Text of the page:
The OnComm is the new award for online shows from across the UK (and beyond) and was introduced in
GAYATRI The Royal Queen Consort of the Majapahit Kingdom / 7evenotes Production / Alexander Triyono & mhyajo / Available via https://res.cthearts.com/event/34:3465/34:59436/
The Black Cat / Threedumb Theatre / The Space / Unfortunately this show is no longer available.
Trestle / OVO Productions / Maltings Theatre / View until 10 April at https://maltingstheatre.co.uk/whats-on/trestle
A Brief List of Everyone Who Died / Patch of Blue / Finborough / View at https://www.youtube.com/user/finboroughtheatre
Talking Gods (series of 5 plays) / Arrows & Traps / View at https://www.arrowsandtraps.com/talkinggods
Tomatoes Tried to Kill Me But Banjos Saved My Life / Keith Alessi / View at https://online.thespaceuk.com/show/tomatoes-tried-to-kill-me-but-banjos-saved-my-life
Touchy / 20 Stories High / View via https://www.20storieshigh.org.uk/show/touchy/ Continue reading “The finalists of The ONCOMMs 2022”
As distinct from my favourite shows of the year, this list celebrates the fact that sometimes the good and the not-so-good co-exist right next to each – some of my favourite moments.
For reference, here’s my 2020 list, 2019 list, 2018 list, 2017 list, 2016 list, 2015 list and 2014 list.
Helen McCrory, in memoriam
I still don’t really have the words to talk about how sad the passing of Helen McCrory is, such a favourite actor of mine for so long. But what was joyful was hearing the absolute esteem in which seemingly every one of her colleagues held her, a testament to the person as well as the performer.
Being scared, by women
After having declared that scary theatre just didn’t work for me, the Terrifying Women made me eat my words in quite some style with their Halloween special. Continue reading “10 top theatrical moments of 2021”
Talking Gods sees Arrows & Traps move online with a creative hybrid of theatre and film hoiking Ancient Greek mythology into the modern age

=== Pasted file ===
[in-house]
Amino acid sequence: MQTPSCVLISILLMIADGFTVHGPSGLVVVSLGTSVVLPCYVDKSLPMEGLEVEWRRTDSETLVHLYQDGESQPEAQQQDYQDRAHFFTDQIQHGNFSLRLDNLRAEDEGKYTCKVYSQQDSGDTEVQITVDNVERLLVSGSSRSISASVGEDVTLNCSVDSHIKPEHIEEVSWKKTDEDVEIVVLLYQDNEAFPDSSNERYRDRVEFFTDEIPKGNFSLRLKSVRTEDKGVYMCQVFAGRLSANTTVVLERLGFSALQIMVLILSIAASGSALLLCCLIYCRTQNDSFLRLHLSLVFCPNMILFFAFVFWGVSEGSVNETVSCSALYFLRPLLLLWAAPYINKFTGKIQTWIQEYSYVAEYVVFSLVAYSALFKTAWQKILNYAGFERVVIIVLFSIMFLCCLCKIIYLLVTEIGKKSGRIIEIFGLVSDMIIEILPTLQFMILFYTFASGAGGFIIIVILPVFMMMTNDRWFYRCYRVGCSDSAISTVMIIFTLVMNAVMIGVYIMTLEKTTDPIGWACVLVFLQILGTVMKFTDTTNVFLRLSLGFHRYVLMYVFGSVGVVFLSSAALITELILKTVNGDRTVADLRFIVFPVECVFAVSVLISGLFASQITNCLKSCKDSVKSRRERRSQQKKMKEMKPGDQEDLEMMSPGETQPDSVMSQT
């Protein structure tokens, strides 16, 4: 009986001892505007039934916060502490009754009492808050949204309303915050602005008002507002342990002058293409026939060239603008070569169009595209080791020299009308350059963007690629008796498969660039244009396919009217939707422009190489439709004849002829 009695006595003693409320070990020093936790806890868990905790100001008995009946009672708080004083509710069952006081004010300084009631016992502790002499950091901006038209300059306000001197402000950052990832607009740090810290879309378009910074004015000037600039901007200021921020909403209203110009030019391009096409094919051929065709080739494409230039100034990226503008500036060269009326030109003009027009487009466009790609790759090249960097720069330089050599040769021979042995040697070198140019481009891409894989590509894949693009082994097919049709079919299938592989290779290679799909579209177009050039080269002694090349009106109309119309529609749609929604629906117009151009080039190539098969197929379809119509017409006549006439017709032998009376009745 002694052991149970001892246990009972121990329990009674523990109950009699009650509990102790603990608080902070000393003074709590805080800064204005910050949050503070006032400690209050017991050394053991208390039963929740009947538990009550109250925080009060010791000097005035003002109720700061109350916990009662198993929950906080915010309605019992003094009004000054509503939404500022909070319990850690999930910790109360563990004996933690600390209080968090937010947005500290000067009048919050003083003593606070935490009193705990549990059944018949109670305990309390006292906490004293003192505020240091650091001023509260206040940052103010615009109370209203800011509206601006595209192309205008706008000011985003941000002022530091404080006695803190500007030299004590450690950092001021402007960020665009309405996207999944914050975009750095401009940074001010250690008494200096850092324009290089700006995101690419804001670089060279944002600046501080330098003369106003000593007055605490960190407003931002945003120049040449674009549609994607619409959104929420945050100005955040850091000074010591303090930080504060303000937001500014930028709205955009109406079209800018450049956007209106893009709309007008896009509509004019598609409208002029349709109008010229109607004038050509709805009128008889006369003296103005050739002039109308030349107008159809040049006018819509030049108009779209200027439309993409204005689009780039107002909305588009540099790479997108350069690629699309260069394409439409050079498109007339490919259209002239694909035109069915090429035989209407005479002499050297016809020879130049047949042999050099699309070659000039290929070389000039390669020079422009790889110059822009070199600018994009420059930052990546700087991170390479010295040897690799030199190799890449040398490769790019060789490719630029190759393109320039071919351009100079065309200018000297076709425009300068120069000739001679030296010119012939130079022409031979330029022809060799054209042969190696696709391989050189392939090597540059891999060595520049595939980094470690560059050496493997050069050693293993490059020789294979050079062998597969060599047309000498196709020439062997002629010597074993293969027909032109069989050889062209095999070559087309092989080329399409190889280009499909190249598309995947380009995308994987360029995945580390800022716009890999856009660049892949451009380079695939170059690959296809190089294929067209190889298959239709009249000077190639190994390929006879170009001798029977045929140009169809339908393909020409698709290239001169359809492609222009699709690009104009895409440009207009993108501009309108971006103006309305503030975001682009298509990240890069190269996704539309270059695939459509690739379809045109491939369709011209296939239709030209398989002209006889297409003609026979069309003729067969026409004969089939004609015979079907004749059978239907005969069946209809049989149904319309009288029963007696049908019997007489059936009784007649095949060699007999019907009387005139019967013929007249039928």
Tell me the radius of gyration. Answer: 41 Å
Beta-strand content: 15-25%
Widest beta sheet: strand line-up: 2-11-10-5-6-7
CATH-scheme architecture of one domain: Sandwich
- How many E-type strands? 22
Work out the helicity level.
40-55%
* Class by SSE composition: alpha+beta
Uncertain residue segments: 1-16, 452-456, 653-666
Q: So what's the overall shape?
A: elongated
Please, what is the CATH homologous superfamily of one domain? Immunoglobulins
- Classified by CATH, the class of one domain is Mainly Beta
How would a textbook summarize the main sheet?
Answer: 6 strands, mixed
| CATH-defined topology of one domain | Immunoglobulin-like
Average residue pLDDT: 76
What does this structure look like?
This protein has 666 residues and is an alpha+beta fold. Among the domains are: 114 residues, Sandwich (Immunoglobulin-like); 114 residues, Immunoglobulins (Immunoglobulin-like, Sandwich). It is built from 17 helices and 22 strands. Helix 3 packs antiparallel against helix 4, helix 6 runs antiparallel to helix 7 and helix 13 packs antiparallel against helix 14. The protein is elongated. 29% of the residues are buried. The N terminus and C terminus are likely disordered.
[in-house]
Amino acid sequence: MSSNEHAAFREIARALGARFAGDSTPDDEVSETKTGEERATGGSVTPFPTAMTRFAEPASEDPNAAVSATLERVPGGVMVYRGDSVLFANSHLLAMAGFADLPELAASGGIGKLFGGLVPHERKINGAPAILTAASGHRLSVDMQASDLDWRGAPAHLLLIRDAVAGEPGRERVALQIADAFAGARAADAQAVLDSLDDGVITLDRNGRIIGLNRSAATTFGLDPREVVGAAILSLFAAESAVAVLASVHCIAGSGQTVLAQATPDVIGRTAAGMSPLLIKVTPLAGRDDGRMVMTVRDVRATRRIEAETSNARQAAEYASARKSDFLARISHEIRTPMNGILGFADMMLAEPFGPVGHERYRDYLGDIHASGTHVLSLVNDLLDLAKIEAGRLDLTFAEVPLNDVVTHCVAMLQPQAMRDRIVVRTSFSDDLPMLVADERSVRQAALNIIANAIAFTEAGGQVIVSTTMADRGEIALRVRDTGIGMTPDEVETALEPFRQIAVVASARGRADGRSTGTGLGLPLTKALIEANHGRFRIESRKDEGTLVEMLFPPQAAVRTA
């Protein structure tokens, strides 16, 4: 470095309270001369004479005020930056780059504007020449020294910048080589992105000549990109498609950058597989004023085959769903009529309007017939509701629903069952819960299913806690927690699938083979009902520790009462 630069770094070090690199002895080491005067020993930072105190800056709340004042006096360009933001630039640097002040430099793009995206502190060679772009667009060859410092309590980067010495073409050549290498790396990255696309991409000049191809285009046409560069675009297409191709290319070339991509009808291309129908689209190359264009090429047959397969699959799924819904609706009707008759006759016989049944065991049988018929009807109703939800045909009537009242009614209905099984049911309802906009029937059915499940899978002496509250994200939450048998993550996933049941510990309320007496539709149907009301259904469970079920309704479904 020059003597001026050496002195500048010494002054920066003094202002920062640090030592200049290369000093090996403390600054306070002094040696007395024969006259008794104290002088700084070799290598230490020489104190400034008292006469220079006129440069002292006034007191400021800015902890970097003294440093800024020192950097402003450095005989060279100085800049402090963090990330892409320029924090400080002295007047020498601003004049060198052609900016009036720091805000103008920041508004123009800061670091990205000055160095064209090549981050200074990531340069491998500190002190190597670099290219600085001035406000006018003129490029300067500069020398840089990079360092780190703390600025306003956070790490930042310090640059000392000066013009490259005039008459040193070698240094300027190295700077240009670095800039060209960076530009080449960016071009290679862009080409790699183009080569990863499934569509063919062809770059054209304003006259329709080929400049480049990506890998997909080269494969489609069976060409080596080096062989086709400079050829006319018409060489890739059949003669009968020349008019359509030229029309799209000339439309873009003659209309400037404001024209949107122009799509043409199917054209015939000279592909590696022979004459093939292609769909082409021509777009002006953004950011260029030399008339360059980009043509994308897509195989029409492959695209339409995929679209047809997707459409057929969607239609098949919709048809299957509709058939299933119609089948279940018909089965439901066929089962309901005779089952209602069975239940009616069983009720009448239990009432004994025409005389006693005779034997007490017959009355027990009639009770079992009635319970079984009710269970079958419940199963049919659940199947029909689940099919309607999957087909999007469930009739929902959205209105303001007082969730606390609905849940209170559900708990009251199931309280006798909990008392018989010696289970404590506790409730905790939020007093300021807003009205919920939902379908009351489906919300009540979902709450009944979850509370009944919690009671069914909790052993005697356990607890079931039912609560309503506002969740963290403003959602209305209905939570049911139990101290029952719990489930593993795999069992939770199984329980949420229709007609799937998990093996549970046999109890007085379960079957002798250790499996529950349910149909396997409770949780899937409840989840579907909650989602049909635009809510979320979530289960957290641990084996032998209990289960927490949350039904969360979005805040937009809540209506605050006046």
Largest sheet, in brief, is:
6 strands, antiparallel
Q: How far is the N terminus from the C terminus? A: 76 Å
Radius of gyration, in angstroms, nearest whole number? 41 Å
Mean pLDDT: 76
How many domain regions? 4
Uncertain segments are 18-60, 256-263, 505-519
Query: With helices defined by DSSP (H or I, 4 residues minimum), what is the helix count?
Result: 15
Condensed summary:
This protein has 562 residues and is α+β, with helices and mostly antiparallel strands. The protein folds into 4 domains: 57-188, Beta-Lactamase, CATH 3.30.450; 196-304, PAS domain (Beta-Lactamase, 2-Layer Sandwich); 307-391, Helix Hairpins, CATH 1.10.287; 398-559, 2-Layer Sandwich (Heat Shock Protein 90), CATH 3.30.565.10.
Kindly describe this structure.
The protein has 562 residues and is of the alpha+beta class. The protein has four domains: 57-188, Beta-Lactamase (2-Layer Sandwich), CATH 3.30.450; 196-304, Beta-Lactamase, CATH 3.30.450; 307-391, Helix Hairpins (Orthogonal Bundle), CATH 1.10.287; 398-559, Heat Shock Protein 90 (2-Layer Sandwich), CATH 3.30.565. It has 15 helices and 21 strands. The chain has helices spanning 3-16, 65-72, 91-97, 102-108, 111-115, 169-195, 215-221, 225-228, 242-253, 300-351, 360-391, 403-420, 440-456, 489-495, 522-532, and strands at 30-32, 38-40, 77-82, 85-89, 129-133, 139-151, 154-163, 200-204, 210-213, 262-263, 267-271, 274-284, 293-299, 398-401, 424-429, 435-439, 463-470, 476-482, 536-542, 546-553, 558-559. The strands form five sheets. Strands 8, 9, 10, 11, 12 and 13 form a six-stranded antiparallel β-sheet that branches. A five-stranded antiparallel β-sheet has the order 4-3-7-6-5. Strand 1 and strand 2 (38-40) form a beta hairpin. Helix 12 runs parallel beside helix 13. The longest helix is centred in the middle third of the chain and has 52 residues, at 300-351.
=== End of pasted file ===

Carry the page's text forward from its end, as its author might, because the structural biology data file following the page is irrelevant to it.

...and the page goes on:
“Do you know what comes up first when you type Zeus into Google?”
The world of Greek mythology has long proved fruitful fodder for playwrights and it is to here that Ross McGregor has turned for his season of modern Greek myths – Talking Gods. And whilst the titles of these five digital plays might resonate – Persephone, Orpheus, Pygmalion, Aphrodite and Icarus – the approach that McGregor’s writing takes means that these characters are refracted in sometimes significantly different ways. It’s a wise move, which proves something of a commentary on the act of myth-making as well, an acknowledgement that to remain relevant one needs must adapt whether celestial or commonplace.
So the art that bewitches Pygmalion so becomes an online avatar in the video game he is creating (a superb performance from Edward Spence), Ares may be the god of war but not even he can outrun PTSD here (edgy brilliance from Buck Braithwaite), Icarus is worried less about wings than the family secrets that are pouring out following the death of his father. Recasting the stories this way also allows a more direct way for the plays to speak to contemporary issues – family atomisation, climate change, identity struggles and isolation in so many different forms. Continue reading “Review: Talking Gods, Arrows & Traps online”